Individual retirement accounts are available to those individuals with qualified compensation. Traditional and Roth IRAs are both funded with after-tax dollars. However, if your income level qualifies, you can receive a tax deduction for contributions to your traditional IRA. The major difference between the two IRAs is that earnings in the Traditional IRA grow tax-deferred, while those in the Roth IRA grow tax-free. (For a more detailed comparison, see Roth or Traditional IRA ... Which Is the Better Choice?)
Simplified Employee Pension (SEP) and SIMPLE IRAs
The SIMPLE IRA is a tax-favored retirement plan that certain small employers (including self-employed individuals) can set up for the benefit of themselves and their employees.
SEP IRAs are plans that can be established by the self-employed or those who have a few employees in a small business. The SEP lets you make contributions to an IRA on behalf of yourself and your employees. The SEP and SIMPLE IRAs are popular because they are simple to set up, require little paperwork and allow investment earnings to grow tax-deferred.
Taxable Brokerage Accounts
These allow you to invest additional funds after you have maximized all of your retirement account options. Brokerage (cash) accounts can also serve as good savings vehicles for a particular goal, such as a home or boat. Be aware, you'll need to pay taxes on the income generated in these accounts in the year that you receive it. (For further reading on how finding a broker, see Brokers and Online Trading.)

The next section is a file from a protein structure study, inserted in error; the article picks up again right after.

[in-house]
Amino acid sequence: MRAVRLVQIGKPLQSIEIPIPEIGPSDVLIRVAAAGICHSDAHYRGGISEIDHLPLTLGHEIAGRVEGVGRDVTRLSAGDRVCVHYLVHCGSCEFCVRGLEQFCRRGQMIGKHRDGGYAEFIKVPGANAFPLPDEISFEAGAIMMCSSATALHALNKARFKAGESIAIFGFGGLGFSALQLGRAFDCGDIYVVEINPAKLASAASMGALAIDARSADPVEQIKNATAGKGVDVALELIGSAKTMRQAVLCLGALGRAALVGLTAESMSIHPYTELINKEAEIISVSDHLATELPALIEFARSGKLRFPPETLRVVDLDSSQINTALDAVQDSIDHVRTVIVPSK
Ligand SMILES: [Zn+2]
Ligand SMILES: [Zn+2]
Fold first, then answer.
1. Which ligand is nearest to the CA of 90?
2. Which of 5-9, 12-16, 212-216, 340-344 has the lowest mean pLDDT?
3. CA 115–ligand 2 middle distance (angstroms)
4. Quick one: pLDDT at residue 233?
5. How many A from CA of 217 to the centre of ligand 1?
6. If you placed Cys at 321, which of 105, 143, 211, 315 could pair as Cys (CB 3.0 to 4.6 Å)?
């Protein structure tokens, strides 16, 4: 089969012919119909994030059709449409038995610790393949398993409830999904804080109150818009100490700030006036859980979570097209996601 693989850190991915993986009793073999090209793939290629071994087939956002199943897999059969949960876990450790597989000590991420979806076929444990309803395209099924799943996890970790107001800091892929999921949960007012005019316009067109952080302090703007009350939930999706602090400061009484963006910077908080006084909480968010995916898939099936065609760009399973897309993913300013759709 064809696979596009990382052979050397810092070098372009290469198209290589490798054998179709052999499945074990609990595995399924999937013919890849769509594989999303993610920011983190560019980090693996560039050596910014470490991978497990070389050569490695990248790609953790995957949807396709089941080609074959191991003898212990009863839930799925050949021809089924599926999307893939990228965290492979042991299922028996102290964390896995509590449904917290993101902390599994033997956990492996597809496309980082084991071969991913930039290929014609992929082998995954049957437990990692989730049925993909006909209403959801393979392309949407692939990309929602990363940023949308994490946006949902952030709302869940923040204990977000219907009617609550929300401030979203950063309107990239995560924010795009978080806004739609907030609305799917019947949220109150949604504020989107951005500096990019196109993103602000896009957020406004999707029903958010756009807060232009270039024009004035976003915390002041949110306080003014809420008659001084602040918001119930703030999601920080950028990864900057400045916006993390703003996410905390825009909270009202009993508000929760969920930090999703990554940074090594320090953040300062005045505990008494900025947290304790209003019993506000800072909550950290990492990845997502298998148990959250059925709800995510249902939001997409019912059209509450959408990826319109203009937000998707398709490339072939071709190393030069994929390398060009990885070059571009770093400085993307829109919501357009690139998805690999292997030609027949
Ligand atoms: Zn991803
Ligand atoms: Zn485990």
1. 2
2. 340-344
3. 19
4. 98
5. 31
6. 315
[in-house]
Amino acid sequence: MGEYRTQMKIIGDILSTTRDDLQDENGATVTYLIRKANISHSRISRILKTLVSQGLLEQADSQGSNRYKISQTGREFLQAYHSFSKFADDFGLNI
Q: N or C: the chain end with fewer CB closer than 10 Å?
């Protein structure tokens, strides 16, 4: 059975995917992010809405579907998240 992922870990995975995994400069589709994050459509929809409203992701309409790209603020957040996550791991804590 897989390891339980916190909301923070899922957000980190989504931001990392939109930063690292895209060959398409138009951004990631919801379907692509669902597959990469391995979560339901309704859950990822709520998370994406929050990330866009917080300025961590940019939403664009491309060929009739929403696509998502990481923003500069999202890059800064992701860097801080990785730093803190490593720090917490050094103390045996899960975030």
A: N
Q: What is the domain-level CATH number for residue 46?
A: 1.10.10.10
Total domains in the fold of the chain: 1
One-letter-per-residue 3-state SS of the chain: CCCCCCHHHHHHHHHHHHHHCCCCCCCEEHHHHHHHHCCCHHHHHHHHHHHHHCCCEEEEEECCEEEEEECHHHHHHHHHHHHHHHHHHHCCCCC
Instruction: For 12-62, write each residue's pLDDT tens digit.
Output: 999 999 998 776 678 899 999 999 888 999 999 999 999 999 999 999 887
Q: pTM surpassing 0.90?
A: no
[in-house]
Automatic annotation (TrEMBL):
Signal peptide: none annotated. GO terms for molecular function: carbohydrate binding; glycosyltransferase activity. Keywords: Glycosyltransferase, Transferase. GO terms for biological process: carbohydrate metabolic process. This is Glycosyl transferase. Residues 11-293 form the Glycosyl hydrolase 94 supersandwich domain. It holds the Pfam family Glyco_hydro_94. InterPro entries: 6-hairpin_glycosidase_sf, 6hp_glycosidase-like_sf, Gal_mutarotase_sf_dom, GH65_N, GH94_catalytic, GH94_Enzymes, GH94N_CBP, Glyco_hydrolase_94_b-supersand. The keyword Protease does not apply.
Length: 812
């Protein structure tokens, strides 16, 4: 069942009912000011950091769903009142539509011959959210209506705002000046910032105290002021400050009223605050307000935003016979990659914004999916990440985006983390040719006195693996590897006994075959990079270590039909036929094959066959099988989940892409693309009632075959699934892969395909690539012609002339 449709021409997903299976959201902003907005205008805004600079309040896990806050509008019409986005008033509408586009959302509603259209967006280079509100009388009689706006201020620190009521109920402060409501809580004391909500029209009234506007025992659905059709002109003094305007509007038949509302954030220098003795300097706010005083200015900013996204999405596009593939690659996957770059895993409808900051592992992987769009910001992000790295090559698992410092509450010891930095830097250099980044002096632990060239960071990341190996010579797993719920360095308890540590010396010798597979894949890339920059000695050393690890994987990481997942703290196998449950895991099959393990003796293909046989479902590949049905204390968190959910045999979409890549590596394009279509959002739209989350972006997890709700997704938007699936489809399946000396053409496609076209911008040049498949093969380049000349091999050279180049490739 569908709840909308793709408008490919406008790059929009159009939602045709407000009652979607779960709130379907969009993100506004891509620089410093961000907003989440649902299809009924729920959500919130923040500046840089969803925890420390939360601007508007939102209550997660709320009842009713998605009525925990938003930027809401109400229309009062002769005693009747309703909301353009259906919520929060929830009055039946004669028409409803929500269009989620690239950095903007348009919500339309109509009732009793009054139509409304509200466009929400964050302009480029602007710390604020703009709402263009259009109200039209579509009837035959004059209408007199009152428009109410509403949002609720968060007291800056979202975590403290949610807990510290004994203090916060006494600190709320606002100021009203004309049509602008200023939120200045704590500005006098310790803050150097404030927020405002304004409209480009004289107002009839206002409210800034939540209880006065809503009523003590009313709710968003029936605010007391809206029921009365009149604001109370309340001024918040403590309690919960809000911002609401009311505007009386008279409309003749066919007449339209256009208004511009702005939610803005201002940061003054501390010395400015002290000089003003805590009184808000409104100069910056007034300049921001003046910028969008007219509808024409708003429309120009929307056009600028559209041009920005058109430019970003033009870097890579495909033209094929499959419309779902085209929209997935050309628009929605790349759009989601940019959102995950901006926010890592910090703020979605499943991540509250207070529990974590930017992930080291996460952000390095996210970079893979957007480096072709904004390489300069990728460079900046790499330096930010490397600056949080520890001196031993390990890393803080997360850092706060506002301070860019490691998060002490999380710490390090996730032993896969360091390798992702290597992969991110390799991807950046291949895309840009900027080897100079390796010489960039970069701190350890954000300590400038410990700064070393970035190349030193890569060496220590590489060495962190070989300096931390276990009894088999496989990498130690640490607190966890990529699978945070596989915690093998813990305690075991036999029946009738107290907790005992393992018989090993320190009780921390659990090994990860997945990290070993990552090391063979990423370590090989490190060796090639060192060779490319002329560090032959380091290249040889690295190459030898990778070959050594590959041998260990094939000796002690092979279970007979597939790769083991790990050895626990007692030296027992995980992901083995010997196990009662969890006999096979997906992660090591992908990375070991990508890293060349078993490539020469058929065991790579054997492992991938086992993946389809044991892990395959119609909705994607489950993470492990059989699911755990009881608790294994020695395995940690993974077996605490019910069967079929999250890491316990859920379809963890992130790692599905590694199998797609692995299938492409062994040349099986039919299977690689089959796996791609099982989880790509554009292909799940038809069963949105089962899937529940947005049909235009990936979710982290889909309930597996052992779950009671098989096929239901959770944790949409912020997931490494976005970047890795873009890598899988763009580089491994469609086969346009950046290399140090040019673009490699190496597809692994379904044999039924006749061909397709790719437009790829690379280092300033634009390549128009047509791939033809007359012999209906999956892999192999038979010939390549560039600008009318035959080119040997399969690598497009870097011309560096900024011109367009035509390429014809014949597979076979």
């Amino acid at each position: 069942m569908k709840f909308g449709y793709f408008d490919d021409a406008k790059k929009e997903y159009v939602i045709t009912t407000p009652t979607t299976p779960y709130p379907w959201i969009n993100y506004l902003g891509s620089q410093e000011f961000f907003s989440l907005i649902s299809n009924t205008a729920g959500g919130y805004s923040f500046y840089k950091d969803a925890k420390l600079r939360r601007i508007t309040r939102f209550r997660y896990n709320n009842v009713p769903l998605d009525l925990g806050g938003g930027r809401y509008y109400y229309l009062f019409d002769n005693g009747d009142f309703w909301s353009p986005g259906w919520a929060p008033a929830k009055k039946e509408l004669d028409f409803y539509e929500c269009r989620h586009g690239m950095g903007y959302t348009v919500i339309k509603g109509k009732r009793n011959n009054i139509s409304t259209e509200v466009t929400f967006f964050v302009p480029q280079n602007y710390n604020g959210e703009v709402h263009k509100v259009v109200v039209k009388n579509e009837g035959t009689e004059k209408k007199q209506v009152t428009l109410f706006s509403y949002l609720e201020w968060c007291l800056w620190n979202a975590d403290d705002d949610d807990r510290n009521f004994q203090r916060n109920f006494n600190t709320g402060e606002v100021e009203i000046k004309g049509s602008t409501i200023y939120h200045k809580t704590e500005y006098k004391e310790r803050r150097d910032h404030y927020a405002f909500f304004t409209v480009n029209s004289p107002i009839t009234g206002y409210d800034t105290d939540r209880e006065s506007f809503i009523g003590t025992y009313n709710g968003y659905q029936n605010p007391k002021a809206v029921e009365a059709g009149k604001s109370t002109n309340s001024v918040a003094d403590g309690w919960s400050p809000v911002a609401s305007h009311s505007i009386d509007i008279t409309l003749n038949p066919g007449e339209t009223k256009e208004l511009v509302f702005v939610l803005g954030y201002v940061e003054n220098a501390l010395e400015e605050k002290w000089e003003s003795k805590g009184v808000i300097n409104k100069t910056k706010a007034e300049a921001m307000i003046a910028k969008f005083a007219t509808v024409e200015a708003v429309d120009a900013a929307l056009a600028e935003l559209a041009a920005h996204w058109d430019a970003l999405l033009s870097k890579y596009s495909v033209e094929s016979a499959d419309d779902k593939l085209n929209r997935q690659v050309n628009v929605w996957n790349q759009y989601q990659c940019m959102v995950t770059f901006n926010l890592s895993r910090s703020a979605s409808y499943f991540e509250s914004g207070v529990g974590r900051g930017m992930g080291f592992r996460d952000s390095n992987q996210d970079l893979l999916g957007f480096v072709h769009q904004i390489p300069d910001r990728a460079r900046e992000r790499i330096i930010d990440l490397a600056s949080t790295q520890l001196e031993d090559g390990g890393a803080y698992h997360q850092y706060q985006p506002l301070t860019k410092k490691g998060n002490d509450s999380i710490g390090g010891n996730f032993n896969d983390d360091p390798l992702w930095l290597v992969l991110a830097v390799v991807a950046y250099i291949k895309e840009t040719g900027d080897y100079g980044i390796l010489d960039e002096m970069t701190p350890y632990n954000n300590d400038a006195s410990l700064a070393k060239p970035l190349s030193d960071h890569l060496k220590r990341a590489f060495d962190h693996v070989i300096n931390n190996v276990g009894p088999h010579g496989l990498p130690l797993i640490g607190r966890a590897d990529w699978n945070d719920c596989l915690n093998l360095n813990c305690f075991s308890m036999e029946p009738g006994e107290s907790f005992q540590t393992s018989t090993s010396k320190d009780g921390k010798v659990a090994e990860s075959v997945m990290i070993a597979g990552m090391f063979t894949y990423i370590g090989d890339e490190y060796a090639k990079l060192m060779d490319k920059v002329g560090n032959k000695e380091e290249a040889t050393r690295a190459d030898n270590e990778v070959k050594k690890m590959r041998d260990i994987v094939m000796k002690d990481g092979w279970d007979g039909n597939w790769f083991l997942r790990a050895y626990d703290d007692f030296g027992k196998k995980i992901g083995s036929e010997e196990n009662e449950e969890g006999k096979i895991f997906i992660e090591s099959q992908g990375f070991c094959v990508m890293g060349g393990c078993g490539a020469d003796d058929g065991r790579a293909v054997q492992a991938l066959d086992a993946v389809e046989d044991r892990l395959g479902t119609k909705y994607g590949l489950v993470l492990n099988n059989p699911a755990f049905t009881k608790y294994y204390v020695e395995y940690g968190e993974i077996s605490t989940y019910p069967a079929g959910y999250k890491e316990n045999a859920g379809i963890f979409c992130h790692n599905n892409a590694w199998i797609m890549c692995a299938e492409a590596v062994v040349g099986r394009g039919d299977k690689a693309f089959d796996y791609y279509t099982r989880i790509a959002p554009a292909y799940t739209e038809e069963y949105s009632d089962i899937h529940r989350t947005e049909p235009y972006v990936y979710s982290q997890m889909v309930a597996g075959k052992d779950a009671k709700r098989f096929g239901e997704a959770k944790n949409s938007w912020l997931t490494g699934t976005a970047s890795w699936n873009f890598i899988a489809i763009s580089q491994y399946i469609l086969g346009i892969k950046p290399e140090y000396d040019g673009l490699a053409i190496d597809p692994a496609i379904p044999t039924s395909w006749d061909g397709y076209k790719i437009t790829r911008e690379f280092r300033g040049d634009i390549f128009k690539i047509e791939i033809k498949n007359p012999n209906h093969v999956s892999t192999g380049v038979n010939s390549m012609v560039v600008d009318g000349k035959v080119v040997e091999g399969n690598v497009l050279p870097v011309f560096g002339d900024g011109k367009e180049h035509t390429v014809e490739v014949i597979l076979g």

Now that you know about some of the powerful savings tools, where do you get the extra cash to invest? The first place to start is your budget. Match your monthly income with your expenses for the month. Can you cut back on your dining out? Do you really need that manicure once a week? Can you save money on your current insurance? Try shopping around for other carriers for better rates. Do you really need permanent life insurance (whole or universal life) when you could be saving hundreds with term insurance (see Buying Life Insurance: Term versus Permanent)?
After you've extracted expenses from the budget, there are three keys to making your million dollars. First, as we already mentioned, you must take advantage of any type of employer match program. If you have a 401(k) plan at work and the employer matches up to 6% of your pay, you should contribute at least 6% of your pretax income to the plan. Second, set up your accounts on an automatic investment plan, so that a portion of each monthly income goes to savings. Lastly, choose your savings plans to maximize the power of your investments.